Blanche, however, is an optimist. She has had three husbands, and married to the fourth at present. She is seen to be someone who takes life as it comes, learns to let go and accepts what’s negatively thrown at her and use it as a stepping stone to build her Self. To further prove this, one can observe that throughout her dialogue with Joan, Blanche’s confidence is something that constantly comes to the forefront.
According to Joan, Blanche presented a deplorable appearance but Blanche does not seem to mind. To her, external appearances don’t matter for she has defined success in her own terms. To her, an attractive appearance is the least of her worries for she has a man who loves her for who she is and if he doesn’t (in the case of her previous marriages) she moves on and doesn’t dwell in the shambles of a broken relationship. Her looks needn’t affect her anymore, for to her, success is living a happy life.
She says from experience,
“Oh well, that’s the way of the world. You quit when you ought to stick, and you take on a thing that you’d better leave alone; one minute life’s so lovely you can hardly believe it’s true – and immediately after that you’re going through a hell of misery and suffering! When things are going well you think they’ll last forever- and they never do- and when you’re down under you think you’ll never come up and breathe again. That’s what life is, isn’t it?”
It is quite evident that Blanche says this out of familiarity. She starts by saying that this is the way of world for she has been through the many ups and downs in life. She had quit once, but fought back up to her feet, started to let of go of things that hurt her if she kept holding on to them (her broken marriages for instance). She describes how people picture life to be perfect and blissful only to be faced by hardship and suffering that makes them hit rock bottom.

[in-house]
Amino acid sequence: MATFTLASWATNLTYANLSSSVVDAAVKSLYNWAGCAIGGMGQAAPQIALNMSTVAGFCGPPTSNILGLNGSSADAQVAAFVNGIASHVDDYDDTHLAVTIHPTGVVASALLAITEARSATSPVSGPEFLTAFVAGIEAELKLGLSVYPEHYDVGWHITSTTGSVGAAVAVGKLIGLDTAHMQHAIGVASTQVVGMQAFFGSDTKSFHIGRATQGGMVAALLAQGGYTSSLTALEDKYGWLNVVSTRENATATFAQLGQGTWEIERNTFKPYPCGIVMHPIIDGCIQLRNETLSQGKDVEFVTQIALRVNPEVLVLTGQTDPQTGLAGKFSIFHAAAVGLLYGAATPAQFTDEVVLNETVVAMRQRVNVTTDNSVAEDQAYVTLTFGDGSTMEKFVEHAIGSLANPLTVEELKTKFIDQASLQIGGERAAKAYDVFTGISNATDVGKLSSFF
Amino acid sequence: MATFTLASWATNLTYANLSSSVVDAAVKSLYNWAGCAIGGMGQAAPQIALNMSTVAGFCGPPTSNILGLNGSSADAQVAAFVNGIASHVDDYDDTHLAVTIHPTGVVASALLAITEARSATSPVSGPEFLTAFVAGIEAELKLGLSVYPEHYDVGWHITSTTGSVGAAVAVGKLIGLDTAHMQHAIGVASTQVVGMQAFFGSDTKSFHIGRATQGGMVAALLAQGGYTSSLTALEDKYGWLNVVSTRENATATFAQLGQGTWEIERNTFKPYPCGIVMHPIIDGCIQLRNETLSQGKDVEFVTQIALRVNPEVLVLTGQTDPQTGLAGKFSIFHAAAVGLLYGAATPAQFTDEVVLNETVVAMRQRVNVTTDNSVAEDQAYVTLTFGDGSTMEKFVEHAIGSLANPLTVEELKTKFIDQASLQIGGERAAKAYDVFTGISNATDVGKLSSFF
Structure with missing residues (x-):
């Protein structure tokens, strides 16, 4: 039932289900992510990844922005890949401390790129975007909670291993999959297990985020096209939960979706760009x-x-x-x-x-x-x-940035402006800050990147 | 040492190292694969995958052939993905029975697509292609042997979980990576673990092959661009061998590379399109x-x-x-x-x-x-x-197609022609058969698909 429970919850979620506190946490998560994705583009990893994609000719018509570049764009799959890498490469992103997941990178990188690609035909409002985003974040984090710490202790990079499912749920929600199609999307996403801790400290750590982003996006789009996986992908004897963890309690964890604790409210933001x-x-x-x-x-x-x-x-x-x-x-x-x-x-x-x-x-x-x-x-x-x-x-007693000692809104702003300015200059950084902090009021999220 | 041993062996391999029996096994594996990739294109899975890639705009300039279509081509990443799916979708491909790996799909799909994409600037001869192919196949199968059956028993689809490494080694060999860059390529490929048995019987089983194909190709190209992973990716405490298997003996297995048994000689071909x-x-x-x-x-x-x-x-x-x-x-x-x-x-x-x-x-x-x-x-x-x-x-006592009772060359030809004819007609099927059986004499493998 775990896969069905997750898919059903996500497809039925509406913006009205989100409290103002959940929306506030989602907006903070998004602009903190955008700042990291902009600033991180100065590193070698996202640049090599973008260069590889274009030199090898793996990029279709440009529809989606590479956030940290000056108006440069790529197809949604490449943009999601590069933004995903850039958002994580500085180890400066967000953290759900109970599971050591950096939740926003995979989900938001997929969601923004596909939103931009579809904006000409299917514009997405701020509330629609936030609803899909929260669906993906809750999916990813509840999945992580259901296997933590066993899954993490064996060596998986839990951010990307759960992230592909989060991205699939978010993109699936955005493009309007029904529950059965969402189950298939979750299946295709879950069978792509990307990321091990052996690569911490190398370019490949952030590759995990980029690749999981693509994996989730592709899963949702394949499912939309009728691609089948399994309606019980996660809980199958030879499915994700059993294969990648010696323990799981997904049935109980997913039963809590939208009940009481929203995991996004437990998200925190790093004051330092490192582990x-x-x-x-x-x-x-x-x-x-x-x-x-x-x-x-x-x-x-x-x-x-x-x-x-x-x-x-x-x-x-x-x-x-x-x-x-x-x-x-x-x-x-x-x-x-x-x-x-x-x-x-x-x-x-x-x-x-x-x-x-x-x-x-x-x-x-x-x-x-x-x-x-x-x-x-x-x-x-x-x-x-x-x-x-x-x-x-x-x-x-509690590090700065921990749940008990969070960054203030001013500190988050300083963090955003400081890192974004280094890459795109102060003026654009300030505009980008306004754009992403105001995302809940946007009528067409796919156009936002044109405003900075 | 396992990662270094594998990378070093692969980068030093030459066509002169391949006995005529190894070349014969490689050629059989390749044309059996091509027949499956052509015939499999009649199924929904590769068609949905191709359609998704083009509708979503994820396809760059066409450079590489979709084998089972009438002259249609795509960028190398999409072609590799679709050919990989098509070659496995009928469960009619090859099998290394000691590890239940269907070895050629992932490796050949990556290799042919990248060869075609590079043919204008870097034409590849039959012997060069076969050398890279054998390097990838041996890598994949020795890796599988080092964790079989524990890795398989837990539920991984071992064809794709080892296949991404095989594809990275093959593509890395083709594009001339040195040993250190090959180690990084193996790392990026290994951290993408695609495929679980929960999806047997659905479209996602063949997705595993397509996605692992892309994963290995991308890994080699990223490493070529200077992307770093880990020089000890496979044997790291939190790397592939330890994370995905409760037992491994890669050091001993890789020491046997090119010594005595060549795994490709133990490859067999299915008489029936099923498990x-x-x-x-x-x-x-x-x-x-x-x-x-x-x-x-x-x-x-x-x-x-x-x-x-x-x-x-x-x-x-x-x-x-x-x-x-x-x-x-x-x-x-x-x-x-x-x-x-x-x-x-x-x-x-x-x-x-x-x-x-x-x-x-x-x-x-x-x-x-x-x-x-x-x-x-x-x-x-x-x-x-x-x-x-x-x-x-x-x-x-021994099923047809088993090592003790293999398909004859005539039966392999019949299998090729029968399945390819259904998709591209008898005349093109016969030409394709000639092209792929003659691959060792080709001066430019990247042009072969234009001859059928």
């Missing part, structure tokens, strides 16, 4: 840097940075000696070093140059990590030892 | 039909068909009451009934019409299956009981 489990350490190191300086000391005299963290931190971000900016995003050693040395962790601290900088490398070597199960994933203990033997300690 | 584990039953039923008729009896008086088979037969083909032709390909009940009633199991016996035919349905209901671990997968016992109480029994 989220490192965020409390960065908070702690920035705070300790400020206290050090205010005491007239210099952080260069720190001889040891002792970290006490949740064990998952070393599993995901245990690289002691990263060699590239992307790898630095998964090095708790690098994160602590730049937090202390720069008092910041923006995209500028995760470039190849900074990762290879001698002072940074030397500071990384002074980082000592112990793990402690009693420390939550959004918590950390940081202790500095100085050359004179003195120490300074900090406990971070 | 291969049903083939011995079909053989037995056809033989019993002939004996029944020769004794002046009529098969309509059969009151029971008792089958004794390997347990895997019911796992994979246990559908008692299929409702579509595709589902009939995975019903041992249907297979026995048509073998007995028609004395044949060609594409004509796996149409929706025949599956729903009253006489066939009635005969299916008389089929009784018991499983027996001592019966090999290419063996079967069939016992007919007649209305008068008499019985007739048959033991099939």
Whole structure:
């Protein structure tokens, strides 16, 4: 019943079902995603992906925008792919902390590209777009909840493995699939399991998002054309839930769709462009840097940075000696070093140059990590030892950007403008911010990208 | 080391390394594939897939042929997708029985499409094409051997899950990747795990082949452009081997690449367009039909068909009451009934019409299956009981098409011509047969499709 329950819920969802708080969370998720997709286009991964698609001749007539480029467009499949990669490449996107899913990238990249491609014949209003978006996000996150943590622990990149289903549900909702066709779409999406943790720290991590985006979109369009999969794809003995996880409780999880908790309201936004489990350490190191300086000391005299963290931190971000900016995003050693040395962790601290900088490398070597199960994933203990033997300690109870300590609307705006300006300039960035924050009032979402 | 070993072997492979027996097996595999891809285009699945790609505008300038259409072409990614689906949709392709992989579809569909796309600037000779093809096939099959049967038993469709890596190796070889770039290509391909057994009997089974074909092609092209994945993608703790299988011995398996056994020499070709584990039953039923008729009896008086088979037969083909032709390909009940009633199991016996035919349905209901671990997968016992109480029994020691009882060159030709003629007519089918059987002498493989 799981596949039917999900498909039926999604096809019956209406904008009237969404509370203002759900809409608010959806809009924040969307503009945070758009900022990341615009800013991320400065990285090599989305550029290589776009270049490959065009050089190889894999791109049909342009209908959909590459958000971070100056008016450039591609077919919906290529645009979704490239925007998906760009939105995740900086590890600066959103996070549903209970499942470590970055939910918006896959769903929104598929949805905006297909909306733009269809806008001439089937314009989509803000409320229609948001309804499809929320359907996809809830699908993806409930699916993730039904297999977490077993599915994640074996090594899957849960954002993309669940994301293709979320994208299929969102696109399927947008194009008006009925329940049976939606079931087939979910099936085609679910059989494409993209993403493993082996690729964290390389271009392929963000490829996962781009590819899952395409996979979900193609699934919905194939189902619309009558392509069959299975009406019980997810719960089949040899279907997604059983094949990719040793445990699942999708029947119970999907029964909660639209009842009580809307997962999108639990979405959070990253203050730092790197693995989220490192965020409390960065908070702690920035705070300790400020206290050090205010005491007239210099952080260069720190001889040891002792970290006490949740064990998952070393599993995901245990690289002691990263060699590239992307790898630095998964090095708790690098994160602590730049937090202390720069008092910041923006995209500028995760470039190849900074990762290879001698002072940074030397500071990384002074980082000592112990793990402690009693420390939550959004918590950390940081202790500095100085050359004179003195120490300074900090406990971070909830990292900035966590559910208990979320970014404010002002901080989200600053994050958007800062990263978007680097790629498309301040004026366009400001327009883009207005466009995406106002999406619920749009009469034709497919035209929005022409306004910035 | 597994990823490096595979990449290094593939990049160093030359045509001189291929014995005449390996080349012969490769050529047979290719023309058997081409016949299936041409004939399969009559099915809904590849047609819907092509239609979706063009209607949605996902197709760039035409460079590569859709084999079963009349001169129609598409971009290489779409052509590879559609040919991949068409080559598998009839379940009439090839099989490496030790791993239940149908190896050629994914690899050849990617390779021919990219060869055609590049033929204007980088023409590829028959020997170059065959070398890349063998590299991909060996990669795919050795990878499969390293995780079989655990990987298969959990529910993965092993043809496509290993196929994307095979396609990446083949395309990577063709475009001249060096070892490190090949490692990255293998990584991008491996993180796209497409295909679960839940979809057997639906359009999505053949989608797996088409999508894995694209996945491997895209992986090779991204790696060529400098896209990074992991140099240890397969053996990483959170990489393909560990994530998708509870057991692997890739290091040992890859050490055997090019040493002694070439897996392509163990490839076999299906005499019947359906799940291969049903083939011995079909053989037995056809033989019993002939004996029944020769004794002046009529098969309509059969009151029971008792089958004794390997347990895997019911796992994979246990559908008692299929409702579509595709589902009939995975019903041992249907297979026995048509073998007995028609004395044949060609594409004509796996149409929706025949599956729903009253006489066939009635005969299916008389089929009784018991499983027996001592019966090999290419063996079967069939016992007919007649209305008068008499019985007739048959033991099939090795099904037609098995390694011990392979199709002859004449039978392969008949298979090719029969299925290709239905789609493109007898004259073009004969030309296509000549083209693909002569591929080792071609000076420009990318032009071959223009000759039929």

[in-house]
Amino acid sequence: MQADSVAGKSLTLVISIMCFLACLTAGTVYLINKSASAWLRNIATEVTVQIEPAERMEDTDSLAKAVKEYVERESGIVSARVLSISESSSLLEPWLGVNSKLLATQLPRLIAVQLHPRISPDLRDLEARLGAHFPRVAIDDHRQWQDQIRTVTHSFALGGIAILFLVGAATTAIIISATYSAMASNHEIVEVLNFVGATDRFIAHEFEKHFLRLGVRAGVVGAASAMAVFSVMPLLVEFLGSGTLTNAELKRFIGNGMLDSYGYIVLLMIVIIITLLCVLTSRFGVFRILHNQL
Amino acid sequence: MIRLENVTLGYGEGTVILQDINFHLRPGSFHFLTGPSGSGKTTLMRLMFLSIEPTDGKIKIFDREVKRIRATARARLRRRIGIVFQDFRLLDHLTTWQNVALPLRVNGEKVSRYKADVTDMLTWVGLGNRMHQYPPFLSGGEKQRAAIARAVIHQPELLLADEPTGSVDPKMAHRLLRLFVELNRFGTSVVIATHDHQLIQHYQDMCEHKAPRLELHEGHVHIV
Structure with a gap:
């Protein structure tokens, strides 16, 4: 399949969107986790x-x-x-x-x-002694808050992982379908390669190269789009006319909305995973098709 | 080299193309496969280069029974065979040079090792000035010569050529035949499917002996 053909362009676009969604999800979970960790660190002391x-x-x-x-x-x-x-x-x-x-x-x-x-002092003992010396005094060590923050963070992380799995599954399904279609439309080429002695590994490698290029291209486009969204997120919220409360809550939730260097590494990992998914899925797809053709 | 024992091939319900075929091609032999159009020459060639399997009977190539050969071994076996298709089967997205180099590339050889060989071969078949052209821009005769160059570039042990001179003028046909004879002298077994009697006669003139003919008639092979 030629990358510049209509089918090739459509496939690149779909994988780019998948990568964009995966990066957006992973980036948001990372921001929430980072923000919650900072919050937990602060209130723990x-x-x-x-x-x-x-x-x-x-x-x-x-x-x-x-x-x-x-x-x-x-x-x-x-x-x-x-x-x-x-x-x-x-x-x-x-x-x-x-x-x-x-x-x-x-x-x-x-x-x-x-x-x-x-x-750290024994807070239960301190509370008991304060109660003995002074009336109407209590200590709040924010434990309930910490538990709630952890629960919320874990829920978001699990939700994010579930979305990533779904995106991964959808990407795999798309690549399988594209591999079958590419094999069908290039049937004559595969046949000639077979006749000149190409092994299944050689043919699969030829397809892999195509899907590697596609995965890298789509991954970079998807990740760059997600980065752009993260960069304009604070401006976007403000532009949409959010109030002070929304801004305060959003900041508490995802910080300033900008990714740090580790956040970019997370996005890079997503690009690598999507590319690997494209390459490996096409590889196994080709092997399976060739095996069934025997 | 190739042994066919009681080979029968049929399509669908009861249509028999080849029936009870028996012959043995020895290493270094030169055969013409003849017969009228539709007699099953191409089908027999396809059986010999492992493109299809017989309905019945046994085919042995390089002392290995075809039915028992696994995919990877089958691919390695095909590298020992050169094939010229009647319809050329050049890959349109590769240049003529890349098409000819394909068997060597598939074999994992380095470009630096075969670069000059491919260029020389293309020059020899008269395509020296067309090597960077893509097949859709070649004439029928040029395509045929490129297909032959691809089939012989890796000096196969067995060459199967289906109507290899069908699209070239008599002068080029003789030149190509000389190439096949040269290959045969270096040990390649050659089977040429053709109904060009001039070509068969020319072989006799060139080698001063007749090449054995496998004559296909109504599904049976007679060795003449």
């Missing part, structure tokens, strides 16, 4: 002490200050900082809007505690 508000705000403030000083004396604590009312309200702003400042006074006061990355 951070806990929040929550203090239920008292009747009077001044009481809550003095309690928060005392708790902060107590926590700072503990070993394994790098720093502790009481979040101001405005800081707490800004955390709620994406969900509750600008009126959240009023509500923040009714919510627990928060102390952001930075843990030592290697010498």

This shows that Blanche is someone who isn’t afraid of reality. She faces the actuality of her life and doesn’t flee from the truth. She has had her share of bitter experiences from the past when she narrates and describes the many other men in her life. There’s Harry, a bad lot yet good looking; Tom, who didn’t amount to much; Johnnie, who was good while it lasted (which means she keeps changing her men when she knows it’s time to move on- happy go lucky) and Gerald, who wasn’t good either, but that’s what made her fond of him.
A woman seeks for a man who is her equal; someone who can challenge her and be a rebel at times. Blanche’s inclination towards such men is proof that she herself is one. She does not regret any of her life choices for she has already done so and now knows what to look out for. She is only attracted to men, who are different like herself. They aren’t up to any good, but that’s what makes her fond of them.